Workers expect their defined contribution plans to play a greater role in their retirement income than annuities.
NEW YORK, April 7 -- The Conference Board issued the following news release:
Last Wednesday evening China'sState Council announced new policy measures aimed at stabilizing the slowdown in economic growth. The policy developments are narrow and targeted and include three specific changes. First, some taxes for small- and medium-sized enterprises (SMEs) will be reduced. Specifically, the threshold of companies' taxable revenue base will be raised from its current level of 60,000 RMB/year (although the new level was not specified). Secondly, the government will seek to accelerate the pace of shanty town renovation, and the China Development Bank will establish dedicated financing mechanisms for this program. Thirdly, spending on railways will be accelerated, yet again, by embarking on 6,600 kilometers of new construction in 2014 (up from 5,600 km last year). The government will also establish a fund of 200-300 billion RMB to subsidize rail development.
These policies will not, we assert, reverse the "soft fall" in economic growth that China is undergoing - at least not for long. The pace of Chinese growth is decelerating fairly rapidly based on all the economic data we have received so far in Q1 of 2014 (more on the latest data below). Clearly, the leadership has become uncomfortable with the pace of the slowdown and is seeking to roll out targeted, quasi-fiscal measures to help stabilize growth. Whether the announced measures will buoy growth at all is questionable. And in looking at the announcement, there are both positive and negative aspects to the most recent support program.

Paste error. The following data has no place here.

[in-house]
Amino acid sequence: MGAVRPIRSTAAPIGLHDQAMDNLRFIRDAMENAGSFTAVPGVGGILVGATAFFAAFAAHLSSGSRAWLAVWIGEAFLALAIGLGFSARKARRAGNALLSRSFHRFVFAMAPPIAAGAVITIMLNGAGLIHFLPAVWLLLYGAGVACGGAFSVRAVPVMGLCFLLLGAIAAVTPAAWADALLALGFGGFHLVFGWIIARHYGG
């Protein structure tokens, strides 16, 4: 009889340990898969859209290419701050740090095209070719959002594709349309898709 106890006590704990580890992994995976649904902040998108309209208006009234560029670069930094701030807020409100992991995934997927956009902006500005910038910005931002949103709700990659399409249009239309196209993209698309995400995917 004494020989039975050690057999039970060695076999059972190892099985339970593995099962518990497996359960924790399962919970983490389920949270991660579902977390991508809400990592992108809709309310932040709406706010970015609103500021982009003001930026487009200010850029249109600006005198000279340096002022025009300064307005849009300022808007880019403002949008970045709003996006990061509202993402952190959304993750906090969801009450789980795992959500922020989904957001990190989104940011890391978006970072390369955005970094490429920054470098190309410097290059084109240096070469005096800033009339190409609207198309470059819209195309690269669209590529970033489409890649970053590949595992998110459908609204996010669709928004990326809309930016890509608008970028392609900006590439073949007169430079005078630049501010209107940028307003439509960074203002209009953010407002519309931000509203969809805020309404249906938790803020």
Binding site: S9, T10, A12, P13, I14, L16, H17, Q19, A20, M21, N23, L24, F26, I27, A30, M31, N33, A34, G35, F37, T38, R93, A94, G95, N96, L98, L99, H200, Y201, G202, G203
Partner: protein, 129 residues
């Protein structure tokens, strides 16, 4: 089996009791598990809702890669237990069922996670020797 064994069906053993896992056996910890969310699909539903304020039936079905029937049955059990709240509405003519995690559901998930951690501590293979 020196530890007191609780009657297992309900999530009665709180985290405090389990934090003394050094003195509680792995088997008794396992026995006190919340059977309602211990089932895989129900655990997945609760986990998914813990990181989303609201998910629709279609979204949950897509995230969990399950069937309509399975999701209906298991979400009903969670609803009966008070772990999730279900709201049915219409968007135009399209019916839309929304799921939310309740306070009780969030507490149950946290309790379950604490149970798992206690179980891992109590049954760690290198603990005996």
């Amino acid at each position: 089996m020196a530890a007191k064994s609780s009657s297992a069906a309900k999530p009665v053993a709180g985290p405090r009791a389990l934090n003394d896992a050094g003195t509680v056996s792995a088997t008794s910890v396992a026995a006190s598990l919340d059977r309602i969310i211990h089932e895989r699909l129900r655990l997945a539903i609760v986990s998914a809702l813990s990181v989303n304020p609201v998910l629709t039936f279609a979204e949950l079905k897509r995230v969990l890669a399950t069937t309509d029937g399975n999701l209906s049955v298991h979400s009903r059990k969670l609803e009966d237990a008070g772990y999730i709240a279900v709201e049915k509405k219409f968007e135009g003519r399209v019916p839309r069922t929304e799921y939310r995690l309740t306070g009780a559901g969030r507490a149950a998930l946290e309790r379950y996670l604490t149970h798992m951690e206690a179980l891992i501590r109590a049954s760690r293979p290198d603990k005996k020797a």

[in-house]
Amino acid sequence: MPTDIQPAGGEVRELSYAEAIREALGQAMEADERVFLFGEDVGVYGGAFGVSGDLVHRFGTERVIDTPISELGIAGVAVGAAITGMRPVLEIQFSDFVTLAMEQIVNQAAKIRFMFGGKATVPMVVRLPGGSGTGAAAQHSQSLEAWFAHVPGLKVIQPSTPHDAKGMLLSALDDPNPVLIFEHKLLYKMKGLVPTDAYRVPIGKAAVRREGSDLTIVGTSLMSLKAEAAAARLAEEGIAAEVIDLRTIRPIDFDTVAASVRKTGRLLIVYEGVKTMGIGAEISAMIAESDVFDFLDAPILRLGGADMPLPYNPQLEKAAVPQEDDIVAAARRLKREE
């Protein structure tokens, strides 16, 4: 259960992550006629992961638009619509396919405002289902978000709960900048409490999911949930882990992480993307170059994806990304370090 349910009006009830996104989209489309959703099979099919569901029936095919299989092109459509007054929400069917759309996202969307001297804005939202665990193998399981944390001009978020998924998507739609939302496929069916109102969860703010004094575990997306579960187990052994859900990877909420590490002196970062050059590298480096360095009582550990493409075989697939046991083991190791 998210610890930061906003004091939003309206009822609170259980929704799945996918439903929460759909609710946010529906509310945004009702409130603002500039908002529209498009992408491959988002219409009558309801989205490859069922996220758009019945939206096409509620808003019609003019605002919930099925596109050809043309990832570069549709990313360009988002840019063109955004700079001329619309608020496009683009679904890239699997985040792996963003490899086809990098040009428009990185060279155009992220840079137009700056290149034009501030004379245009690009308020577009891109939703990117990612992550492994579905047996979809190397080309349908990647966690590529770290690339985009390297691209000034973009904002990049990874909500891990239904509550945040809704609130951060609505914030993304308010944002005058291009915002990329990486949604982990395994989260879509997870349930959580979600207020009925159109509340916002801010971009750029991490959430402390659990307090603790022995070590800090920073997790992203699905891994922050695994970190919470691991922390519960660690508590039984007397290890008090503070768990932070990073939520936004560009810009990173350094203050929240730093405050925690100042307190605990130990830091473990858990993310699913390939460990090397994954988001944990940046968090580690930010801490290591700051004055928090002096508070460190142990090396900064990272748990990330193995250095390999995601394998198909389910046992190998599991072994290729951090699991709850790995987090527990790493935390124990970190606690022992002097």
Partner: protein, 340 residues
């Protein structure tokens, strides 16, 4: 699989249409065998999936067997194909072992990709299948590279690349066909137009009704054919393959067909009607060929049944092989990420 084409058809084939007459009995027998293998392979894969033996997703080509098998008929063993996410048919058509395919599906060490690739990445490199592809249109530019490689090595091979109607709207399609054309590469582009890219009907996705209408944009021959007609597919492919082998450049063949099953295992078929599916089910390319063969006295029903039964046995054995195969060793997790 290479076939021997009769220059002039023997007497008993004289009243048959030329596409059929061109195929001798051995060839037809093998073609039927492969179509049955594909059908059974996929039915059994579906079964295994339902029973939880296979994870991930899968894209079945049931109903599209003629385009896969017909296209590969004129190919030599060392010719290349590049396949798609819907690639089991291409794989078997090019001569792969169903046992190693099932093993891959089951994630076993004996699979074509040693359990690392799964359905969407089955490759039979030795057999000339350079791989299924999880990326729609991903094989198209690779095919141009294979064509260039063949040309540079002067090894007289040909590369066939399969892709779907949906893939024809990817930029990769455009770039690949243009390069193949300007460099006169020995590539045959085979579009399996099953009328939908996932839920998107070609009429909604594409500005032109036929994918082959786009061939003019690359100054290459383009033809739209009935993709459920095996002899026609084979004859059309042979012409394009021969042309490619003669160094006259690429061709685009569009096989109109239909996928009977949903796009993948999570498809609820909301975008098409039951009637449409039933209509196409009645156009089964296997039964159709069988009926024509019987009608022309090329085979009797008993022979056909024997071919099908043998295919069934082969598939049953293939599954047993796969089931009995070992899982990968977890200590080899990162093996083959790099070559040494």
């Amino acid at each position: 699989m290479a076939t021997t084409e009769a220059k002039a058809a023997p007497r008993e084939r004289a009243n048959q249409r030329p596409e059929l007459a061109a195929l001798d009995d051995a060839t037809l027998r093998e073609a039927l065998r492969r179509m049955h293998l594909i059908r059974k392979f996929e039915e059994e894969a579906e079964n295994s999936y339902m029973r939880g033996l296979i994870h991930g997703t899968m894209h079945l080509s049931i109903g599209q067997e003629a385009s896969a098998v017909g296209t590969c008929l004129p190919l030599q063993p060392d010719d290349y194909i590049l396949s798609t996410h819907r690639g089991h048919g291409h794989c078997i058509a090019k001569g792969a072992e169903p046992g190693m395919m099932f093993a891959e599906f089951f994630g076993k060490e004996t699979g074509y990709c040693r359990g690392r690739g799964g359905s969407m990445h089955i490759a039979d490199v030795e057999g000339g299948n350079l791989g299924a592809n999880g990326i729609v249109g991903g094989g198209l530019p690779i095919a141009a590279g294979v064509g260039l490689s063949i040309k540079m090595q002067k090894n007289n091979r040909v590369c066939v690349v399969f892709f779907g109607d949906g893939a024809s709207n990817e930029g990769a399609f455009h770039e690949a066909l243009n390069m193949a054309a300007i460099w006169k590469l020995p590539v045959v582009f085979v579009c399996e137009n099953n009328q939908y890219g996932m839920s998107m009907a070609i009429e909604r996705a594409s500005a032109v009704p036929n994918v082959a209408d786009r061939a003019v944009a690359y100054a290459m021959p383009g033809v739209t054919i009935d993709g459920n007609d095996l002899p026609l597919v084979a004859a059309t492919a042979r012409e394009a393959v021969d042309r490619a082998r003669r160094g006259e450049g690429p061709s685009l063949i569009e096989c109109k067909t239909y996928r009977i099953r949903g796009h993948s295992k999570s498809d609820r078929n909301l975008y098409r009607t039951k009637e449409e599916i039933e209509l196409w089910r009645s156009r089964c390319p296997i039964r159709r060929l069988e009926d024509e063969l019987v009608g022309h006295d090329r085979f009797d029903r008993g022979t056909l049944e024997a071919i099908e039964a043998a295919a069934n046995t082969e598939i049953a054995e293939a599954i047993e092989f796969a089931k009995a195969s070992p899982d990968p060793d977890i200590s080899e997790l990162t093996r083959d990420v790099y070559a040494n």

Let's start with the positives. First - this is not really a stimulus, per se. So far the measures amount to targeted policy "fine-tuning" akin to what we saw throughout 2012 - not a true ramp up in infrastructure spending as occurred in Q3 2013 - at least not yet. The other encouraging feature of the announcement is its partial focus on SMEs. This cohort has taken the brunt of the economic slowdown over the past two years, as demand has been weak and financing conditions have been extremely difficult (and expensive). Allowing them a bit of breathing room on the tax side should be a welcome development. However, many SMEs are thought to avoid corporate tax outlays for the most part through various business expense offsets, so the strength of any potential impact is unclear. While it won't enable or encourage these companies to ramp up production, the support should allow them to continue adjusting to the slowdown - and potentially use the extra cash to pay down some of that debt burden that currently stands around 185 percent of GDP for the "private sector" (it's impossible to pin down an exact definition for this sector in China).